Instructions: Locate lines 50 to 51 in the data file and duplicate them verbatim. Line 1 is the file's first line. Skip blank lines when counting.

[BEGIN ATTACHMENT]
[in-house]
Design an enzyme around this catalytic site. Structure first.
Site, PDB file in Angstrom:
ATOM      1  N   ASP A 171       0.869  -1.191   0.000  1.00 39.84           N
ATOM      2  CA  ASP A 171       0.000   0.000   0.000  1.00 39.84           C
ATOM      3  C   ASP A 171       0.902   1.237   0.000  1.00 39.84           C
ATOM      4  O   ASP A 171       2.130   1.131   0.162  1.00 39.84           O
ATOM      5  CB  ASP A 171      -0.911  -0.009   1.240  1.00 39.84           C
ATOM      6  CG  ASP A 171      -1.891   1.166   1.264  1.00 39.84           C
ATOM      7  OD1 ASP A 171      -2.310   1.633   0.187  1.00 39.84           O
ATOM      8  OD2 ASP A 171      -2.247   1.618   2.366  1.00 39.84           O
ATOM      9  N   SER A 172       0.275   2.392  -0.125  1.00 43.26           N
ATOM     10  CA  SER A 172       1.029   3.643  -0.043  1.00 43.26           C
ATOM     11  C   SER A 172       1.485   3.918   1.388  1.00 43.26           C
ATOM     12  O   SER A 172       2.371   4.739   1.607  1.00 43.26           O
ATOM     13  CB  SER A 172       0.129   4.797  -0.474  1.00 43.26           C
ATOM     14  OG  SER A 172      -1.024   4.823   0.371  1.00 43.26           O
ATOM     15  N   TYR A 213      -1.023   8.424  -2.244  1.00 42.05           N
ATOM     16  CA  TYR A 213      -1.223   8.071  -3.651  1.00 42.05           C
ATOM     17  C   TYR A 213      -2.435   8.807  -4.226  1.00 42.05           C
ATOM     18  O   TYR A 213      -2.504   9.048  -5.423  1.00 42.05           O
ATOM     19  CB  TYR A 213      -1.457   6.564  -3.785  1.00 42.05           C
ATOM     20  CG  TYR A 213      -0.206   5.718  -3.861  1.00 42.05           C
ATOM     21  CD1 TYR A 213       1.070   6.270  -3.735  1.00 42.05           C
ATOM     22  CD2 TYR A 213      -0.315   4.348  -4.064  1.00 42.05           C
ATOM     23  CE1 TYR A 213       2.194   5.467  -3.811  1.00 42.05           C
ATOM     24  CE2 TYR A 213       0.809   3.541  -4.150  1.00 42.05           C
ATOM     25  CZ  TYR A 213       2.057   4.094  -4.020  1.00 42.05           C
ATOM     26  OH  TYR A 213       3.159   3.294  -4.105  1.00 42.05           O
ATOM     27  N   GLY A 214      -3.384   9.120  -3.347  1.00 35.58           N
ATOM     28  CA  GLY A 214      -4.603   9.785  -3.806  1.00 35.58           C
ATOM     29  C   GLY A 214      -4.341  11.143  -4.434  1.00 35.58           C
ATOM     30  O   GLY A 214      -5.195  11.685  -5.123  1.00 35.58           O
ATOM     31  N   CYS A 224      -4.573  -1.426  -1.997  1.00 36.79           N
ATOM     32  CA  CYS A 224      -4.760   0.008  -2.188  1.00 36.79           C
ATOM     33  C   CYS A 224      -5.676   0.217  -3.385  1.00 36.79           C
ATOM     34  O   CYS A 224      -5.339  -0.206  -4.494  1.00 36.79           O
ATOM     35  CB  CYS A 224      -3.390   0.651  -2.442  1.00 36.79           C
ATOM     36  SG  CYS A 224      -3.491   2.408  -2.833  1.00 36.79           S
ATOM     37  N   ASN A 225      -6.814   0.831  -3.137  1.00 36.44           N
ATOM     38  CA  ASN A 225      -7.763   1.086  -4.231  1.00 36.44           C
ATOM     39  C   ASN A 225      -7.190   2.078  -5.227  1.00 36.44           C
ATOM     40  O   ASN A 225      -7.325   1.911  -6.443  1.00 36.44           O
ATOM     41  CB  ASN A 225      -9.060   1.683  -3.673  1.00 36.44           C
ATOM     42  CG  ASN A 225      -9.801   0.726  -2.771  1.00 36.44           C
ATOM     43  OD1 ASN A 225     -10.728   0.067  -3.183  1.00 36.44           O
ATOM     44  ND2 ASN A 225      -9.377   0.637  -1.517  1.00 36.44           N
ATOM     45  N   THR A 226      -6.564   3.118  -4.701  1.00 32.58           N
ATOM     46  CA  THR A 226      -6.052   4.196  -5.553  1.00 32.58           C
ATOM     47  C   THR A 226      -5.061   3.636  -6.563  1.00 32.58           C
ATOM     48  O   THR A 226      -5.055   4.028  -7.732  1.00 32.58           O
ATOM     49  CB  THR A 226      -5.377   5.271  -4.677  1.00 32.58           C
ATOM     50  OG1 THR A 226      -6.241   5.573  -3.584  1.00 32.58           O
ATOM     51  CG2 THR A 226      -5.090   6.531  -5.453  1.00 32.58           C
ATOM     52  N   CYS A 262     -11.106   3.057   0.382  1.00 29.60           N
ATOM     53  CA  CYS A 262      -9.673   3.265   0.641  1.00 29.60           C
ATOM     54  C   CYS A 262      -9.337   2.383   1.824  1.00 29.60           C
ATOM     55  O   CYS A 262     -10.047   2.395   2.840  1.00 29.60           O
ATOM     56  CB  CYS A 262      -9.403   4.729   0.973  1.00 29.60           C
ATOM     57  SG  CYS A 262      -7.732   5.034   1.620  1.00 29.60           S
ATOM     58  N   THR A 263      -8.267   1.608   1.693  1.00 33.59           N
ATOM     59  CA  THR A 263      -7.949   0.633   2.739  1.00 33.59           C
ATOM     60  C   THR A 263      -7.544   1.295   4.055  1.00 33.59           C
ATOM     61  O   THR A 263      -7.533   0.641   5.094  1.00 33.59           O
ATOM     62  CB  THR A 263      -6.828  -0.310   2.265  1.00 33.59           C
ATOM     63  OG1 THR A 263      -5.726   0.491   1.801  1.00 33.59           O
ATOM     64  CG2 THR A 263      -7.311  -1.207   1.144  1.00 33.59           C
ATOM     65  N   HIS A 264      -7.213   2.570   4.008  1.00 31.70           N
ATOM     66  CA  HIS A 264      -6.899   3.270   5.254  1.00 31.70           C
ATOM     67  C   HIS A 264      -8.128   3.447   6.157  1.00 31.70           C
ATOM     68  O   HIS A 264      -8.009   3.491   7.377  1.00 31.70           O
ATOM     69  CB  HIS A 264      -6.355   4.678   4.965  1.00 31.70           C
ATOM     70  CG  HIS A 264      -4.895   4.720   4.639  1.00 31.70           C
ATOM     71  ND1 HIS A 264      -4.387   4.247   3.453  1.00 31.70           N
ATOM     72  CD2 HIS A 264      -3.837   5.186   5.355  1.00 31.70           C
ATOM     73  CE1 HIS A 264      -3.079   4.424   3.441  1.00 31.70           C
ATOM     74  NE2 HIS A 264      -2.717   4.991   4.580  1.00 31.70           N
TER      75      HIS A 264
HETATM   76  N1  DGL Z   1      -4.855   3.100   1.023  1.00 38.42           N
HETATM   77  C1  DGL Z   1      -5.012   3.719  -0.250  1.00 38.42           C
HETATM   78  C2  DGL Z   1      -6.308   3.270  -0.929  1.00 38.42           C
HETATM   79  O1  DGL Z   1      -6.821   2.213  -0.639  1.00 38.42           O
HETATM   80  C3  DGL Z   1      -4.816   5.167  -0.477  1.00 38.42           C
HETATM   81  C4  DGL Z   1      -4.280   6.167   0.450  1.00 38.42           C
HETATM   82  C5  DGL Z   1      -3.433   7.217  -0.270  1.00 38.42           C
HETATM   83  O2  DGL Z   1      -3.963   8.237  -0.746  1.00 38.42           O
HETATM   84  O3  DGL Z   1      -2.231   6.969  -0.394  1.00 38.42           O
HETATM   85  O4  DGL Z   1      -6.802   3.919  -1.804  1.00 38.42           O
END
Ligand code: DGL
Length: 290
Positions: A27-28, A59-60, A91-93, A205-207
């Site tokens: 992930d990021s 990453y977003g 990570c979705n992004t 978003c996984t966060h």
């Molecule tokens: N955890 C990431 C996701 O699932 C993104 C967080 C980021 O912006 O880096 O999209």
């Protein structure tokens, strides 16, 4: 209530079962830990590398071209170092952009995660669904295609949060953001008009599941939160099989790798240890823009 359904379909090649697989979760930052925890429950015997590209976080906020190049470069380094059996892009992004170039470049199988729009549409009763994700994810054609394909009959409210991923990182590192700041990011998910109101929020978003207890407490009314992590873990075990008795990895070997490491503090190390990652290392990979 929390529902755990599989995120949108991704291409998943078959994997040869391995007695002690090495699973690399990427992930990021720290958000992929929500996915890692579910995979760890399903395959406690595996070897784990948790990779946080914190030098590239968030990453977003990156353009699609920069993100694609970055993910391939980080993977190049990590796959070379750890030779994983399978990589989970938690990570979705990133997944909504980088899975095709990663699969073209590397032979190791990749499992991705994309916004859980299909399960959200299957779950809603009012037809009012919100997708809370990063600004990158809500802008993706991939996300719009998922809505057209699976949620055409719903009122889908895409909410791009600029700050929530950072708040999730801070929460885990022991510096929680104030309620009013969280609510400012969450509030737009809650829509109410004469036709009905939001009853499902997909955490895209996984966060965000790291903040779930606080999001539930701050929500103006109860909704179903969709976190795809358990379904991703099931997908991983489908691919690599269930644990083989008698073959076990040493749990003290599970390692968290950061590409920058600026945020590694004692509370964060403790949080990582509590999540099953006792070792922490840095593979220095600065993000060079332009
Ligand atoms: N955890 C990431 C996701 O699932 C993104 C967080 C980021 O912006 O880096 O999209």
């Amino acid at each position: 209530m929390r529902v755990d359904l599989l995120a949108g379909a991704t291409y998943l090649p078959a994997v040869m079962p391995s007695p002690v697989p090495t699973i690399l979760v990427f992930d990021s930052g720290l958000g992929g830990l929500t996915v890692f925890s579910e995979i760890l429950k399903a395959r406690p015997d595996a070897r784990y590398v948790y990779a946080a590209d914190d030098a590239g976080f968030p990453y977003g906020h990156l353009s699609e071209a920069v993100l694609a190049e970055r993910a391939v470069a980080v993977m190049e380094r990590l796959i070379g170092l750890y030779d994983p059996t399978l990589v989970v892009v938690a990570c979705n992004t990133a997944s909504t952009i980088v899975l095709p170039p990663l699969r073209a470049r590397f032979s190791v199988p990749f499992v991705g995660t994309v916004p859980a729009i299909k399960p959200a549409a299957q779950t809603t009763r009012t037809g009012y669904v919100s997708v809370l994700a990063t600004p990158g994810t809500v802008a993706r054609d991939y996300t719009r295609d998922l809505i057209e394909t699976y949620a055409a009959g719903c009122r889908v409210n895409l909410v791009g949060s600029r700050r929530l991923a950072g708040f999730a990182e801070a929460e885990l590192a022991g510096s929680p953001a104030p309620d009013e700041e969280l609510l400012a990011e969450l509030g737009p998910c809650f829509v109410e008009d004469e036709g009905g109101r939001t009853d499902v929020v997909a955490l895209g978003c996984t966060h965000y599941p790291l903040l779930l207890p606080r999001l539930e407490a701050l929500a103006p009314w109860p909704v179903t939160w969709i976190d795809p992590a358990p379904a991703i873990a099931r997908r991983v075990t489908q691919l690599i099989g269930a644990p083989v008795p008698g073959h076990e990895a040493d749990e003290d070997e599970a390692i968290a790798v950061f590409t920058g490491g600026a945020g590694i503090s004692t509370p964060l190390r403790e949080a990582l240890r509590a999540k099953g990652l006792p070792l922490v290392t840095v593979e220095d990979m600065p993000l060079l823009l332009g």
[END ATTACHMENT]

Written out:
ATOM     47  C   THR A 226      -5.061   3.636  -6.563  1.00 32.58           C
ATOM     48  O   THR A 226      -5.055   4.028  -7.732  1.00 32.58           O